SANTO DOMINGO, Dominican Republic (AP) - Pedro Martinez is recovering well from an operation on his right shoulder but said Friday he would consider retiring if he does not return to full strength.
"It's getting better and progress is above all what is hoped for," Martinez told The Associated Press. "To go back I have to recover, I have to be healthy. But if God doesn't want that, then I would have to think about giving it all up."
If you go ahead and click on MLB Injuries, you'll find the injury list. It's not surprising to see that the top injured baseball players are the pitchers suffering from arm-related injuries in their shoulders, elbows, forearms, wrists or fingers. No doubt shoulder-related injuries are the number one injury for baseball pitchers due to repetitive overuse.
When I talk about how to use cross training to prevent injuries, I happen to use a baseball pitcher as an example. As best conditioned as they are, even professional athletes cannot escape from injuries after all sorts of conditioning workouts from their top trainers. With top-dollar contracts in their pockets, they actually have to perform and are forced perform at the top of their games - fast balls, curve balls, etc. - hundreds and thousands of throwing over the years trying to strike out the batters. The end of the news story is "Martinez, just two strikeouts shy of a career 3,000, has two years left on his contract with the Mets." This could be end of his baseball career. I'm wondering if he has tried Yoga as a cross training and conditioning exercise. Perhaps he should have. Men do yoga, too.
For 9-to-5 working folks and weekend warriors, although you don't have to throw hundreds of balls, you still have to be careful in conditioning your body and shoulders to prevent from weekend warrior syndrome. It's frustrating to hurt your shoulders so painful that you cannot function fully doing normal daily activities or playing your sports. Perhaps you have difficulty reaching behind your back to grab your wallet or raising your arm to reach the seat belt. You may feel pain when trying to scratch the back of your head or even wash your hair. The pain could be such a disturbance to wake you up in the middle of the night. If so, you may be suffering from a rotator cuff injury.
Rotator cuff injuries such as tendonitis, bursitis or tears affect many people nowadays typically due to degeneration, bone spurs, trauma (accidents or sports related), overuse, and reduced strength and flexibility related to the aging process. The rotator cuff group consists of four small muscles and tendons that form a sleeve around the shoulder. They allow us to raise our arms overhead, move arms forward, backward, downward, side way and in circular motion. Working together with scapula (shoulder blades), the shoulder girdle joints and muscles allow us to perform all upper body functions and moves in all three planes and directions.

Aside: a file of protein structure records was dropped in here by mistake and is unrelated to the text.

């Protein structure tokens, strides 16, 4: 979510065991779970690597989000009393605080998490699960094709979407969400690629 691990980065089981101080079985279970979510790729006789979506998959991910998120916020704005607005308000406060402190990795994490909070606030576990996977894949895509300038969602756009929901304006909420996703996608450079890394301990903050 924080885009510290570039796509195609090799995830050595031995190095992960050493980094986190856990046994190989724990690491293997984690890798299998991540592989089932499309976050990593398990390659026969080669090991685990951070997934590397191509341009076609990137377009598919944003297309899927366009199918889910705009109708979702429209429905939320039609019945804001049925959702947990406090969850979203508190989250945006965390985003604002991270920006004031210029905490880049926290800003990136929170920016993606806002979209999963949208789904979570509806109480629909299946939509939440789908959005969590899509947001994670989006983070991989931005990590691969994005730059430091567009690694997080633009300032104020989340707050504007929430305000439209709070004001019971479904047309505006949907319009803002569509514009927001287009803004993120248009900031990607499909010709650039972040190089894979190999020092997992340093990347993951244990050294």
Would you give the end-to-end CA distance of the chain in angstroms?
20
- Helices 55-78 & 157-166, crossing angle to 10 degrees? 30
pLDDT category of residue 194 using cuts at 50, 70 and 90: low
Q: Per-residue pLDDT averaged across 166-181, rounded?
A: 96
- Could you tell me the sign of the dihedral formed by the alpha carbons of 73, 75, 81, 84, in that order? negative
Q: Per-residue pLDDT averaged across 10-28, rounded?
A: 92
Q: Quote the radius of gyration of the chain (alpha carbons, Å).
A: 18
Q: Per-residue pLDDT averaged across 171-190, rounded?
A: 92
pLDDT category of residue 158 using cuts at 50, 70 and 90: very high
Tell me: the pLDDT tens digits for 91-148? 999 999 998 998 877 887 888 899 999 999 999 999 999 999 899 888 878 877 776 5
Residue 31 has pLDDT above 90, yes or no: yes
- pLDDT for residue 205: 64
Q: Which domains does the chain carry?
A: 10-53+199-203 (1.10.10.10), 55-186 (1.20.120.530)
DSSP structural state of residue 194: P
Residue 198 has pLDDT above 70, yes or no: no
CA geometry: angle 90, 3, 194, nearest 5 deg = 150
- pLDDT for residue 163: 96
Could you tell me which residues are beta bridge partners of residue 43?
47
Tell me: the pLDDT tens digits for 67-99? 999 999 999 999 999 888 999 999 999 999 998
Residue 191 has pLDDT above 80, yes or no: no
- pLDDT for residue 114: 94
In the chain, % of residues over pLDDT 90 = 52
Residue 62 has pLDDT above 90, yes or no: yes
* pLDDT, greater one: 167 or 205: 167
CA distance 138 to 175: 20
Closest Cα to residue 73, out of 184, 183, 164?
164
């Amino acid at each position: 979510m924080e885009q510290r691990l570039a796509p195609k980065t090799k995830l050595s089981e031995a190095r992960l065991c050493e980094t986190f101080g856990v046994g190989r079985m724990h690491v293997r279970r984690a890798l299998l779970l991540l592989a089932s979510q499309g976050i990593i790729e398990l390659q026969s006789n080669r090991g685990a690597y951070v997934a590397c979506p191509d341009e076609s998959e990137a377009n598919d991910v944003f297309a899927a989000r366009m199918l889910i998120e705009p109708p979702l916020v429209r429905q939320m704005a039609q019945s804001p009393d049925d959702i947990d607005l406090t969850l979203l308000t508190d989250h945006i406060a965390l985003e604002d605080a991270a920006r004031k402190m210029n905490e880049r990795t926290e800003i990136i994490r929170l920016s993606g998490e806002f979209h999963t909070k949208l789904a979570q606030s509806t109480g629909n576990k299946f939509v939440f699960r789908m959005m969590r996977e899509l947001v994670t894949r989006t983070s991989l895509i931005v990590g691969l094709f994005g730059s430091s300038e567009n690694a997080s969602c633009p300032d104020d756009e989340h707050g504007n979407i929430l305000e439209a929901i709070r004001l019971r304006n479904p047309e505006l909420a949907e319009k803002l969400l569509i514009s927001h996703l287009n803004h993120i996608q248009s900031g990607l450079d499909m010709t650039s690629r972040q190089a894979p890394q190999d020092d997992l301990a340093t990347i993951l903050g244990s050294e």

Shoulder pains can limit your strength and range of motion. Applying cold therapy on the affected area helps reduce inflammation, decrease pain and swelling, and speed up recovery. Rest, anti-inflammatory medication and therapeutic exercises are also helpful to return to pre-injury functional level. It may take as short as 4 to 6 weeks for a mild tendonitis and up to 18 months or longer following a surgery to completely recover, if ever. The nagging chronic soreness and limited range of motion (frozen shoulders) could be lingering around for many years to come. Consult your physician for diagnosis and proper treatment.
The key to preventing rotator cuff injury is to perform conditioning exercises prior to vigorous activities. Many weekend warriors try to pick up softball, baseball, football, you name it; and start to throw repetitively and forcefully without properly warming up. In addition, they are not likely well conditioned before the season like competitive athletes. As you can see, even professoinal athletes are not immune from injuries. This often leads to excessive strain on the rotator cuff and inevitable soreness, particularly with overhead movement or reaching behind the back.
I have some suggestions for you when performing weight training in the gym to prevent rotator cuff problems, particularly if you already have prior injuries:
- When doing shoulder press and lat pulldown, avoid behind-the-neck movements as they put more stress and impingement on the shoulders.
- When doing incline or flat bench press, do not lower the weights so that your upper arms are below parallel for the same reason.
- When doing shoulder lateral raises or upright rows, avoid using too much weight that you have to shrug and swing your body to move the weight upward. In addition, avoid elevating your arms above 90 degrees - just enough to be in parallel with the floor at most.
- Perform specific rotator cuff exercises to strengthen, stretch and stabilize your shoulder and scapular joints. See a post-rehab specialist or trainer for customized conditioning exercises.